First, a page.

Dawn Loggins was abandoned by her drug-abusing parents and left homeless at age 15, and had no choice but to clean the floor of her North Carolina high school to make a living. But days before she graduated from the school last week, she received a letter from Harvard University saying she had been accepted.
"I'll work two hours before school. And then I'll go to school. And then I'll come back and work two hours after school," Dawn, who graduated from Burns High School in Cleveland County, N.C., last Thursday, told CBS News.
Dawn, 18, spent years in homes with little or no water and electricity with her drug dealer stepfather and unemployed mother. Her stepdad would often be arrested, and they would have to move from place to place. "Or my mom would use rent money to bail him out of jail," she recalled. "There would be places where we lived where there wouldn't be power and water for extended periods of time."
When Dawn was at middle school, she would visit her grandmother often. But even her home had trash all over. "She never really explained to me like that it was important to shower, it was important to take care of yourself. So I would go months at a time without showering. I would wear the same dress to school for months at a time."
Other students began to call her ugly and would tease boys saying she had a crush on them. She would go home every day and just cry.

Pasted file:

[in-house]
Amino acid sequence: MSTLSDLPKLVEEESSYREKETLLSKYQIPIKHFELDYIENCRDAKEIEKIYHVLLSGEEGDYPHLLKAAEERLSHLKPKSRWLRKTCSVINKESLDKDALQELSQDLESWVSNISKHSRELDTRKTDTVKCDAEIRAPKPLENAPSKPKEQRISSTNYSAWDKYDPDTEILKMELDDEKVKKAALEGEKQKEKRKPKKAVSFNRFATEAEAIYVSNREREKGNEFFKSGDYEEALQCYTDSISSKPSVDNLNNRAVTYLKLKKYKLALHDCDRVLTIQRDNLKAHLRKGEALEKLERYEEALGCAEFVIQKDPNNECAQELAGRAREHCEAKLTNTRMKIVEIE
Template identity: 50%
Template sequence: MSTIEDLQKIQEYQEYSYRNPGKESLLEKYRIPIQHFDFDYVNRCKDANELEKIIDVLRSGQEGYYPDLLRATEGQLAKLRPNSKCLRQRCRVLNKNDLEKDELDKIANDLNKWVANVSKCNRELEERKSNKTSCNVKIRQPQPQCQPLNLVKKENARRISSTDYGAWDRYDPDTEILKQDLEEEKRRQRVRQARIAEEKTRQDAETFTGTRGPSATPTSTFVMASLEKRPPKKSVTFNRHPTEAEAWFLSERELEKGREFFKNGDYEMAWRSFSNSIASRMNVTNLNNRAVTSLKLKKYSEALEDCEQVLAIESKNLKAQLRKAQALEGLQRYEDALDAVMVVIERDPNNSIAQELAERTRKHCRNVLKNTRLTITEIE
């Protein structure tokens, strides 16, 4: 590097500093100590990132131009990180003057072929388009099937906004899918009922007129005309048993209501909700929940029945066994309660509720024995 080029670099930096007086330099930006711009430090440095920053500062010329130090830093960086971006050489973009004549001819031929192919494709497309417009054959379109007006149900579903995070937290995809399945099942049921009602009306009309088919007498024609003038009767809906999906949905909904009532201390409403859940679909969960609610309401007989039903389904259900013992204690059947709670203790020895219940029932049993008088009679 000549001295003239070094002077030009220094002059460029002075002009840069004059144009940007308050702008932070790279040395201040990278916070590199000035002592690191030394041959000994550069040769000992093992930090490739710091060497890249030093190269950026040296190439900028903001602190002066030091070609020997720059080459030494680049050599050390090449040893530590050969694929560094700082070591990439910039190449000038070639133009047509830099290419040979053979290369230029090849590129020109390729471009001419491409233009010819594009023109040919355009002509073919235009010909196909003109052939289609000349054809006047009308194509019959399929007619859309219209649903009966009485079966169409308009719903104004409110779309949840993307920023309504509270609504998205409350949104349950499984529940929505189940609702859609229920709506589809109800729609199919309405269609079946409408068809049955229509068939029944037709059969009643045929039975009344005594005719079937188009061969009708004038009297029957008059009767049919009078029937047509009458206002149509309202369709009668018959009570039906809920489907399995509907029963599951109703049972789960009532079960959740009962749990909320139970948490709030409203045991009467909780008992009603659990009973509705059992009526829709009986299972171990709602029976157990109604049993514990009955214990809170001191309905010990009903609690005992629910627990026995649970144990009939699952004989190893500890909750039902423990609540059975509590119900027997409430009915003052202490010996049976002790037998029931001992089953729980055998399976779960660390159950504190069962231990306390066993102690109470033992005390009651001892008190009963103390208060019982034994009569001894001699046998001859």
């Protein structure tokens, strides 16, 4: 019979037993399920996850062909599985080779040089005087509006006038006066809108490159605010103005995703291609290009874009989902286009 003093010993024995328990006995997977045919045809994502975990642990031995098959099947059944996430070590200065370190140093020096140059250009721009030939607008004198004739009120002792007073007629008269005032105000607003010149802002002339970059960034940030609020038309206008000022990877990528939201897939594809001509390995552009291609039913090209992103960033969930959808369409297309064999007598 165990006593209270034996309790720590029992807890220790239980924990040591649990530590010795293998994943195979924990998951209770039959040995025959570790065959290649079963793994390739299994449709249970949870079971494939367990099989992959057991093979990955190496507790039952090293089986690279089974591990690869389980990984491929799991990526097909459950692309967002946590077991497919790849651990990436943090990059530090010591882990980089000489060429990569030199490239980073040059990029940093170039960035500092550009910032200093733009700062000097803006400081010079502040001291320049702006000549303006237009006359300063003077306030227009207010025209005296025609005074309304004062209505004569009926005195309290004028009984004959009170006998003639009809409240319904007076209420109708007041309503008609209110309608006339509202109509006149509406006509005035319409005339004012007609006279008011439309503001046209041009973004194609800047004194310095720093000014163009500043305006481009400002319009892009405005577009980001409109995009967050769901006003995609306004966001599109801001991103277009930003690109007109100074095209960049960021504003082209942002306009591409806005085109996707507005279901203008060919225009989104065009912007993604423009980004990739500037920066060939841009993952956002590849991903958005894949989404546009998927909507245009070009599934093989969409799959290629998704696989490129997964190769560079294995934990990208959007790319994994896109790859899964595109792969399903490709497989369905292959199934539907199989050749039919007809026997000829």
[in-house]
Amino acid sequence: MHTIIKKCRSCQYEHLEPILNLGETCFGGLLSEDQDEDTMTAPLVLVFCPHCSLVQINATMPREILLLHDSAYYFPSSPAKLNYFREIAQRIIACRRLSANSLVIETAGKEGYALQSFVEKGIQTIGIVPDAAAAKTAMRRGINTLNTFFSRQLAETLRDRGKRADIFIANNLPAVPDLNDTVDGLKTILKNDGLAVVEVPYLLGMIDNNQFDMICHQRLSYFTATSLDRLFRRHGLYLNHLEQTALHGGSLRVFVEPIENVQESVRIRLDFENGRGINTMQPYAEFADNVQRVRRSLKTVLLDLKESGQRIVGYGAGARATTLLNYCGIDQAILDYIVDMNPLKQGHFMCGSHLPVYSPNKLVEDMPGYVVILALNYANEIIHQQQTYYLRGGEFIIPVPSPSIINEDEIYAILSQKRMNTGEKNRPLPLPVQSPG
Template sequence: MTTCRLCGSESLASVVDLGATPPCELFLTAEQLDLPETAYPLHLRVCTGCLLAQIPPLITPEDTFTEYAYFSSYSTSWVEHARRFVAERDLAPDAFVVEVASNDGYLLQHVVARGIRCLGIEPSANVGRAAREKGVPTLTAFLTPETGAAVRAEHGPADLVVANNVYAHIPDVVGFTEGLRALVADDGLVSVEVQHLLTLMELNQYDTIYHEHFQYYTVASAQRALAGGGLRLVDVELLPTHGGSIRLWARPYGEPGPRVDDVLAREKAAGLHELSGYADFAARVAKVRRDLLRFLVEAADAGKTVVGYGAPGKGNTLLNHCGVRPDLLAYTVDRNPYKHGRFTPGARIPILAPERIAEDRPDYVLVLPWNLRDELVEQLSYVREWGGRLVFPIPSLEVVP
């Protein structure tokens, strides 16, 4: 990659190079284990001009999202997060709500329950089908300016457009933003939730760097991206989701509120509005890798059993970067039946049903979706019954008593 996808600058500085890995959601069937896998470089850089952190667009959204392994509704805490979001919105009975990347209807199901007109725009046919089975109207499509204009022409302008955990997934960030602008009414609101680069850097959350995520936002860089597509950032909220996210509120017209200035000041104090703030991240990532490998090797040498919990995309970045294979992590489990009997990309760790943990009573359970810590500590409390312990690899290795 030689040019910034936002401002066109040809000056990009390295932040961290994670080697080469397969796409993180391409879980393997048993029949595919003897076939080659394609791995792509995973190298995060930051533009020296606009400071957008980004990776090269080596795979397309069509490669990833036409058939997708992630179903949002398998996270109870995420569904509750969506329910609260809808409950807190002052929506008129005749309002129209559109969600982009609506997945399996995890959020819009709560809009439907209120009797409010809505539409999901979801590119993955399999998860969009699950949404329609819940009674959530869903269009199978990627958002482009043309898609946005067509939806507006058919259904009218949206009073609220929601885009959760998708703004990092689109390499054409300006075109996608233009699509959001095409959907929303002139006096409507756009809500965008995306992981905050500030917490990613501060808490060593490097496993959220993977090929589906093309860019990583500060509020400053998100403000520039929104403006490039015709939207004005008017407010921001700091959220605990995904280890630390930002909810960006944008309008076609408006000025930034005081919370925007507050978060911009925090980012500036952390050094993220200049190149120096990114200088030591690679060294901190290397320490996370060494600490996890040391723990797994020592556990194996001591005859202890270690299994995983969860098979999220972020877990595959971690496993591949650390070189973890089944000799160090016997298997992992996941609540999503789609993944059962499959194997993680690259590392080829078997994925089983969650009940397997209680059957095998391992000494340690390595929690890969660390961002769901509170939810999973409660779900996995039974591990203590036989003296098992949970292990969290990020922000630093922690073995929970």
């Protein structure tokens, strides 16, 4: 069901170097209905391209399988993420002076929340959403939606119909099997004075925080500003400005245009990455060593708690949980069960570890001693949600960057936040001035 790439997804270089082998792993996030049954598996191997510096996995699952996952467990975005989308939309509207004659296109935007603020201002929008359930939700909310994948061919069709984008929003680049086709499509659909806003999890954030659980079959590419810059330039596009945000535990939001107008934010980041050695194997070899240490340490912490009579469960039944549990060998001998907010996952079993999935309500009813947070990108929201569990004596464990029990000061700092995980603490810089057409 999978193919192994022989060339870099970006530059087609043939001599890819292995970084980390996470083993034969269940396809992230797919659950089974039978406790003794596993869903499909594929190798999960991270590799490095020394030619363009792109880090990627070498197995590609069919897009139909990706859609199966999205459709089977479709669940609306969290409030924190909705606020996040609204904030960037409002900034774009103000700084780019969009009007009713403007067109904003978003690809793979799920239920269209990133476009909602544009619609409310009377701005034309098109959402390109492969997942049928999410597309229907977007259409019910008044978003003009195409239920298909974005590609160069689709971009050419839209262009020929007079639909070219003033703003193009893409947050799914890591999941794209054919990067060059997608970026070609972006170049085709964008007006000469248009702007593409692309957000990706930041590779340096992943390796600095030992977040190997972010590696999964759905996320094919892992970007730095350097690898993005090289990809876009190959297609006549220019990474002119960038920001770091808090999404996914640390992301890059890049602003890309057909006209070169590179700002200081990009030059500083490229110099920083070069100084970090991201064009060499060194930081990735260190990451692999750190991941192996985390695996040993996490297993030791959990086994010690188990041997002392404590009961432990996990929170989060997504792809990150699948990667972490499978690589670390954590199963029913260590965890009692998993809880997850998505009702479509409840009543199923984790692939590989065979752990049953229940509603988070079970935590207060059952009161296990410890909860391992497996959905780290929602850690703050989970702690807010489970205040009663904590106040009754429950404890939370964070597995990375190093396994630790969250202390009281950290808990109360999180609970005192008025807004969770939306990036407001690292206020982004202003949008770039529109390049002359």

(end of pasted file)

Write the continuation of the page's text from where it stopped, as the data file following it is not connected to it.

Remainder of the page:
Last summer, Dawn's parents moved to Tennessee without her and remained incommunicado. "I could never get in touch with them. Every time I tried calling them, it said, 'This number has been temporarily disconnected,'" she recalled.
The teen moved from couch to couch until a counselor asked a school custodian if she would take Dawn in. Teachers also joined in to help and support her, and she began to excel.
Circumstances couldn't turn Dawn into a pessimist about life. "I looked around at my family and I saw the neglect, the drug abuse, the bad choices and I saw my family living from paycheck to paycheck, and I just made a decision that I was not going to end up like my parents," she told WBTV. "I wasn't going to end up having to decide should I buy food this month or should I pay my rent."
She didn't even turn bitter about her parents. "I just realize that they have their own problems that they need to work through," HLNtv.com quoted her as saying. "They love me; I know they love me. They just don't show it in a way that most people would see as normal."
Dawn wants to return the favor she received from the community to others who might need help. As her inspiring story hit the national headlines, Dawn received some donations, and she intends to use it to support needy students.
What's more, Dawn says she believes in hard work. She will continue to mop and broom at Burns High School through the summer to help pay for college. Harvard will pay for tuition and boarding, but she will need to pay for textbooks, school materials and other expenses.
"All the help in the world isn't going to do you any good if you're not willing to work hard," she told Fox News. "I think people were so willing to help me because they saw that I was reaching for my goals, and I wasn't going to let anything stop me."